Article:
Yes, we don’t want to be too serious—it’s music, and let’s be ironic and have some fun. They’re too many people giving very serious lessons. Rap and hip-hop is full of people telling us how to live… I don’t think the musical scene was in need of one more moral teacher. Hoba Hoba Spirit is not a dark band… A lot of our songs come from our private jokes.
Even though you’re not serious, your music is intended to make a difference, help people raise their consciousness, right?
The first part of the job is to make people have fun… If after one or two hours they are sweaty and have a big smile, my job is done. If on top of this, you can raise one or two questions and move the certainties they have in mind, that would be enough. We love to give messages that are beyond the fun.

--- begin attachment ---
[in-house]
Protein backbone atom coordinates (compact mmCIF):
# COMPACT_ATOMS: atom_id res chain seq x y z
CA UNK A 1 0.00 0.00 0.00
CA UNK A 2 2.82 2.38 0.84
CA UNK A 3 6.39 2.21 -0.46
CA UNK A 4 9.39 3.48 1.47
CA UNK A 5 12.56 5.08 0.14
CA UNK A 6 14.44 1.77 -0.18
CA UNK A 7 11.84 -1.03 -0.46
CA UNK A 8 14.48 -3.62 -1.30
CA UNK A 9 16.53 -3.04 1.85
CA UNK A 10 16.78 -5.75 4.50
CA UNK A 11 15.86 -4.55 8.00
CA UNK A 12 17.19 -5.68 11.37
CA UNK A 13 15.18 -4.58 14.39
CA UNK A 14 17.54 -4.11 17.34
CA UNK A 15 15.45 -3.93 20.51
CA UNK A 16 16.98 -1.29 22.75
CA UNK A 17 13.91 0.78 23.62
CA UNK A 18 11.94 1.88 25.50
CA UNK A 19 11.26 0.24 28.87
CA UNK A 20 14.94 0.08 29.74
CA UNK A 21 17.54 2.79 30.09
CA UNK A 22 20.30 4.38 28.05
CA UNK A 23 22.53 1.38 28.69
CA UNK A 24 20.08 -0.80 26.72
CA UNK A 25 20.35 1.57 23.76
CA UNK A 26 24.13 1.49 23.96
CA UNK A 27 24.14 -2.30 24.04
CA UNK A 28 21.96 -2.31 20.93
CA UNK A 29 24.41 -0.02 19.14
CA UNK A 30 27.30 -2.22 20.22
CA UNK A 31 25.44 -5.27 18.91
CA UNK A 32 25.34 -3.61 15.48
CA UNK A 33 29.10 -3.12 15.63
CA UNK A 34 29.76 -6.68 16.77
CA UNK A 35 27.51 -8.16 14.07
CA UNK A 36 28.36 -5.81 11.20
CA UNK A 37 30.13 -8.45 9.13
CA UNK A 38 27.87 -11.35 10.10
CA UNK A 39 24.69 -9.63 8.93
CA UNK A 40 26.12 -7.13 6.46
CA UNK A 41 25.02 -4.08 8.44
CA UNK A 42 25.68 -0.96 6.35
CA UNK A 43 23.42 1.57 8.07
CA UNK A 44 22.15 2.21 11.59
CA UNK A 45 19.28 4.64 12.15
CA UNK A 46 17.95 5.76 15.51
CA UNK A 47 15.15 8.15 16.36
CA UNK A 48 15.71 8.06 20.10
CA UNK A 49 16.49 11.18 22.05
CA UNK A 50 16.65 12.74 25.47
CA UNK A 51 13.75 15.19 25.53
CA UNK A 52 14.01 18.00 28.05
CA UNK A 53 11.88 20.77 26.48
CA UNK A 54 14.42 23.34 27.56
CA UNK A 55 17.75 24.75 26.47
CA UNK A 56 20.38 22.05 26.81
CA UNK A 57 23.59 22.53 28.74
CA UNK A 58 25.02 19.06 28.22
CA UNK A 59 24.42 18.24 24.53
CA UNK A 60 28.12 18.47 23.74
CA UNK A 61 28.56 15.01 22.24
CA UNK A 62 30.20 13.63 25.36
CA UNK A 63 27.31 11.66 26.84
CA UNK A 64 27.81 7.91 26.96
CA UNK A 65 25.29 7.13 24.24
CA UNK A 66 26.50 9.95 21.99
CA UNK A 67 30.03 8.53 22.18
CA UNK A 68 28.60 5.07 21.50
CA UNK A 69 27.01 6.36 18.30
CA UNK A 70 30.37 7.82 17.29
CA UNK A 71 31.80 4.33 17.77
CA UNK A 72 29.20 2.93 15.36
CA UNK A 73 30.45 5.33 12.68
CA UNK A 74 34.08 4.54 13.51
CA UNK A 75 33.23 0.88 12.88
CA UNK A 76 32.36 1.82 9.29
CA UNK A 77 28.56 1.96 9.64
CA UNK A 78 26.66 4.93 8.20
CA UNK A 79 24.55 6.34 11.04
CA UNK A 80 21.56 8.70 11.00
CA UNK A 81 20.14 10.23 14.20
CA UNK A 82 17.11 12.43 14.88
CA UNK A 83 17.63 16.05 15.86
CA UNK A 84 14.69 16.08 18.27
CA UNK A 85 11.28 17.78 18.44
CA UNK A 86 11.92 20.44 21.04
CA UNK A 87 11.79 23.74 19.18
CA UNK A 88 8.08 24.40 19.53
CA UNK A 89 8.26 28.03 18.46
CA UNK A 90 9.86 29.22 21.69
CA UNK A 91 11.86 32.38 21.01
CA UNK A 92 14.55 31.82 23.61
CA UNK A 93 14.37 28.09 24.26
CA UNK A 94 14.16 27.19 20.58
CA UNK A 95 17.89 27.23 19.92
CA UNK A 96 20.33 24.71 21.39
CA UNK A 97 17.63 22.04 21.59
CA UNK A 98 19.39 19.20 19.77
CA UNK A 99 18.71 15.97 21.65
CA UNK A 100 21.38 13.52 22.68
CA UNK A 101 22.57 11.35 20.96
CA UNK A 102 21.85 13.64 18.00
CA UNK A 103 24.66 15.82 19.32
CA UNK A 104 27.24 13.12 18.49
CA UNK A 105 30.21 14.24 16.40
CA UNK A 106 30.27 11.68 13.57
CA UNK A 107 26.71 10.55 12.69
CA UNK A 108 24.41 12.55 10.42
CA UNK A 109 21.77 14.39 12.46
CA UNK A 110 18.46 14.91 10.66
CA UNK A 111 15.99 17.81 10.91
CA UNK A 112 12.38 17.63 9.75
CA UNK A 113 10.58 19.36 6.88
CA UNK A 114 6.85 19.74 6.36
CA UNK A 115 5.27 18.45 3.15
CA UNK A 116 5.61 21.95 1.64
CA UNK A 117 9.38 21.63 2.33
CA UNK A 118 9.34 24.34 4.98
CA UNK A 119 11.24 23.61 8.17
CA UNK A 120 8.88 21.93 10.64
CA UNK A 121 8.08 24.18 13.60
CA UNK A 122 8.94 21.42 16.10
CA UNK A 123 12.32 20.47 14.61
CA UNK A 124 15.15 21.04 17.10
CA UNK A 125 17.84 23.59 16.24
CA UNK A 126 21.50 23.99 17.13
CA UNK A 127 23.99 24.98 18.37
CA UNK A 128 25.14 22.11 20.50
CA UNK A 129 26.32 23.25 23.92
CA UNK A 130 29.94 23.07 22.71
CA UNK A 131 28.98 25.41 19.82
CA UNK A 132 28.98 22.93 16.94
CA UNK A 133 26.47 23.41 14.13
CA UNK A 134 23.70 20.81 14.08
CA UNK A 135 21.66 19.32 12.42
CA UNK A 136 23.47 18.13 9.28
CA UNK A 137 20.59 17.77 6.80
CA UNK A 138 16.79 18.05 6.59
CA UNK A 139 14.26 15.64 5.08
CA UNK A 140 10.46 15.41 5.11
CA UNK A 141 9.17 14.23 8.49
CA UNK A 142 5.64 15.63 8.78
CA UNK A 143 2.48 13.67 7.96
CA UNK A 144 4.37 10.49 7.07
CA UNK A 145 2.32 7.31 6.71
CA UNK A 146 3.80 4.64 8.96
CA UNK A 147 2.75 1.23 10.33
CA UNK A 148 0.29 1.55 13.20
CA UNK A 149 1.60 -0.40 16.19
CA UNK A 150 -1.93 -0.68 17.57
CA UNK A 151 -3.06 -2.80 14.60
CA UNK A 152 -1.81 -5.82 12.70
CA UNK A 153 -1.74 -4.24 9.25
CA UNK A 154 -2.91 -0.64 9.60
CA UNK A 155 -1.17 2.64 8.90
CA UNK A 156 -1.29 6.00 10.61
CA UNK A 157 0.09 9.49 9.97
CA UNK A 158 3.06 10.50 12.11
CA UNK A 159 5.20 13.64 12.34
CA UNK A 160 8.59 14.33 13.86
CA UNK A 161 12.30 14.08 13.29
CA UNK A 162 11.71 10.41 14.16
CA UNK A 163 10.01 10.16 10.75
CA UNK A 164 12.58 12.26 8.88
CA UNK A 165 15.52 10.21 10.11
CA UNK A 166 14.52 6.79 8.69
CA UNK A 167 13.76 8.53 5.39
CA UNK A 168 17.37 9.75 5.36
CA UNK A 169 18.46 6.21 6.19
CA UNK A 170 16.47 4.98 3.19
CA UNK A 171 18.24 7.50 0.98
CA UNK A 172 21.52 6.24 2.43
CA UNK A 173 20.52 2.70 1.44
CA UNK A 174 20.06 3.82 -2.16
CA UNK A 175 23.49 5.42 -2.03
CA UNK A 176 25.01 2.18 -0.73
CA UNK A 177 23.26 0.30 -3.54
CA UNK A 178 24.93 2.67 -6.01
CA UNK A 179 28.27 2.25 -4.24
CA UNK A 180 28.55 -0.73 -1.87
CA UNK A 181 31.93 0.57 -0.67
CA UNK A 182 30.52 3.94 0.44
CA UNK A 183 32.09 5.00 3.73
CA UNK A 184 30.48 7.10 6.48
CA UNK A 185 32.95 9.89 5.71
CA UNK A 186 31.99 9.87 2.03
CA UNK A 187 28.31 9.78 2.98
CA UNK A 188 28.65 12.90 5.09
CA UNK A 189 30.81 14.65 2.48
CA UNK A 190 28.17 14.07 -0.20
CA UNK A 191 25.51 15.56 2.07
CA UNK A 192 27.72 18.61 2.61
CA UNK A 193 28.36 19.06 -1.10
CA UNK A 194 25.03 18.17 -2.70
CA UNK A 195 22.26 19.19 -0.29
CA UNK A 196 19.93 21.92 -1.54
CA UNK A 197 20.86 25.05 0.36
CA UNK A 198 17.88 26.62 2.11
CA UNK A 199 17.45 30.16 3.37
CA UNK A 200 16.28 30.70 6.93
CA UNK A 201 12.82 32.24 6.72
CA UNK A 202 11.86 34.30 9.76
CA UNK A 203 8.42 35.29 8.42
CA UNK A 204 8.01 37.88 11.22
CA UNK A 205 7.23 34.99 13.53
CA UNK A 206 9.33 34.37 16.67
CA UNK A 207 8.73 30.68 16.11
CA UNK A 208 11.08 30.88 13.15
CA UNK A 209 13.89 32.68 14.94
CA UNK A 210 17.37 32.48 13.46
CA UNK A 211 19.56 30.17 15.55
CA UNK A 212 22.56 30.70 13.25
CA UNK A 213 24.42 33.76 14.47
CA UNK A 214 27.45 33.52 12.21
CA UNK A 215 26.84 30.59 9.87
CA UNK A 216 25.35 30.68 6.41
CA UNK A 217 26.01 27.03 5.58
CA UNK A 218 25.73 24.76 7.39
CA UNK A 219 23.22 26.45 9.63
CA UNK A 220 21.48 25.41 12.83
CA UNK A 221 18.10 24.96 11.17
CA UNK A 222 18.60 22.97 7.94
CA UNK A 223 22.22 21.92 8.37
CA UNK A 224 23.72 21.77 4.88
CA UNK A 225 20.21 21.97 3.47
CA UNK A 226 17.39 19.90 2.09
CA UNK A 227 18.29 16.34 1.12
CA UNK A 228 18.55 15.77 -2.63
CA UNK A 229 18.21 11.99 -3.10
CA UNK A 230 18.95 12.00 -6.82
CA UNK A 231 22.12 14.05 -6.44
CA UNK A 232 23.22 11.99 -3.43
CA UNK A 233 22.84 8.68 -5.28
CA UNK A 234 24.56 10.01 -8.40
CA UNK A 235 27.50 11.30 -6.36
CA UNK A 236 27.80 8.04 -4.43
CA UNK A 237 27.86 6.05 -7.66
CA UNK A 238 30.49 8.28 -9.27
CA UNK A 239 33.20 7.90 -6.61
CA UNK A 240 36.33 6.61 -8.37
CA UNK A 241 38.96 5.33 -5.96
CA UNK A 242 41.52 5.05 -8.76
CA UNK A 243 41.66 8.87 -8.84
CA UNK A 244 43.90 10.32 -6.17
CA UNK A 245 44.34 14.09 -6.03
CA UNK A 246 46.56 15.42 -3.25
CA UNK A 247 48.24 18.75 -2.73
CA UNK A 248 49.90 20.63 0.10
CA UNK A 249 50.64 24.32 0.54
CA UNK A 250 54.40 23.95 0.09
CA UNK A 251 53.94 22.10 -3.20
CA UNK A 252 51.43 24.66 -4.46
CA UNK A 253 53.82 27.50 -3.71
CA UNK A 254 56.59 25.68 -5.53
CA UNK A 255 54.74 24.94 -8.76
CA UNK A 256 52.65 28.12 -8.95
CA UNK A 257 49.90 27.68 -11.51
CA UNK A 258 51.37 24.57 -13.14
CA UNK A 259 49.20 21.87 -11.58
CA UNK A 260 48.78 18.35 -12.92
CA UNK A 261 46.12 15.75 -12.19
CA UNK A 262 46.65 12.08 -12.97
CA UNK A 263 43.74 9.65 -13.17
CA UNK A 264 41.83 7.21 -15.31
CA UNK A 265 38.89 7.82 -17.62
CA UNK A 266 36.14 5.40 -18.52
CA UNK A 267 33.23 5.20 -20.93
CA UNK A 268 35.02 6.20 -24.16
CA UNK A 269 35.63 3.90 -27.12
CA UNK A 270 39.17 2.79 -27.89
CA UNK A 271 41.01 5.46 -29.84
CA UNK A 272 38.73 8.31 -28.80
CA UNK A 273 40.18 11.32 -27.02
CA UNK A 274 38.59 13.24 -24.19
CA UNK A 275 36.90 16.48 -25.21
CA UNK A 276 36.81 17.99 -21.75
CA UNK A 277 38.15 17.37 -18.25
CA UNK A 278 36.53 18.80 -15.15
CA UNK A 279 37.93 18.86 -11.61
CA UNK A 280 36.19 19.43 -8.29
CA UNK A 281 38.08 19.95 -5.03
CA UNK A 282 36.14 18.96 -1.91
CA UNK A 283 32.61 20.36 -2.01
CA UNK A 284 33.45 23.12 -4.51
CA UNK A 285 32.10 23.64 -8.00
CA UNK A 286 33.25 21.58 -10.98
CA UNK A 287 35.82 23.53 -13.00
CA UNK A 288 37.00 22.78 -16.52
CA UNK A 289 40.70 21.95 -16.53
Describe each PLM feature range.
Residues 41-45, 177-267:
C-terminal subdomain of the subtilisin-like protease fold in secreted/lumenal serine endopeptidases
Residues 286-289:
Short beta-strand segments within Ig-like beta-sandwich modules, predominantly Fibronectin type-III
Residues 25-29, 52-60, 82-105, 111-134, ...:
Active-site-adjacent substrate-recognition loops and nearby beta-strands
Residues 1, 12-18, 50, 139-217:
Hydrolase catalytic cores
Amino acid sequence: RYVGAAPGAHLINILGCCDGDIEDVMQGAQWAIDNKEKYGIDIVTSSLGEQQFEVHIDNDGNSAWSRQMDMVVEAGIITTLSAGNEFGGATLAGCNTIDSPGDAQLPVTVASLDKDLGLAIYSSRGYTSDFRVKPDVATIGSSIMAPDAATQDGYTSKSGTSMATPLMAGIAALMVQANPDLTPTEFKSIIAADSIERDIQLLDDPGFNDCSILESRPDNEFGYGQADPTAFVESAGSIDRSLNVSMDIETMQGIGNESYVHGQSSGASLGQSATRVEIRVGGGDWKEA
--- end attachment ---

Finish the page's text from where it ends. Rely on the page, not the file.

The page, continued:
Do you consider Hoba Hoba Spirit a rock band or a fusion band?
(The fusion label in Morocco came from the Boulevard des jeunes musiciens festival— that began in 1999). The Boulevard had three days: hip-hop, rock— and rock became heavy metal — so everyone who was not hip-hop or heavy metal became fusion. We consider ourselves a rock band, but people have called us us fusion because rock in Morocco has been understood as heavy metal and we’re not heavy metal. We are a rock band like Manu Negra. We want to rise a rock spirit.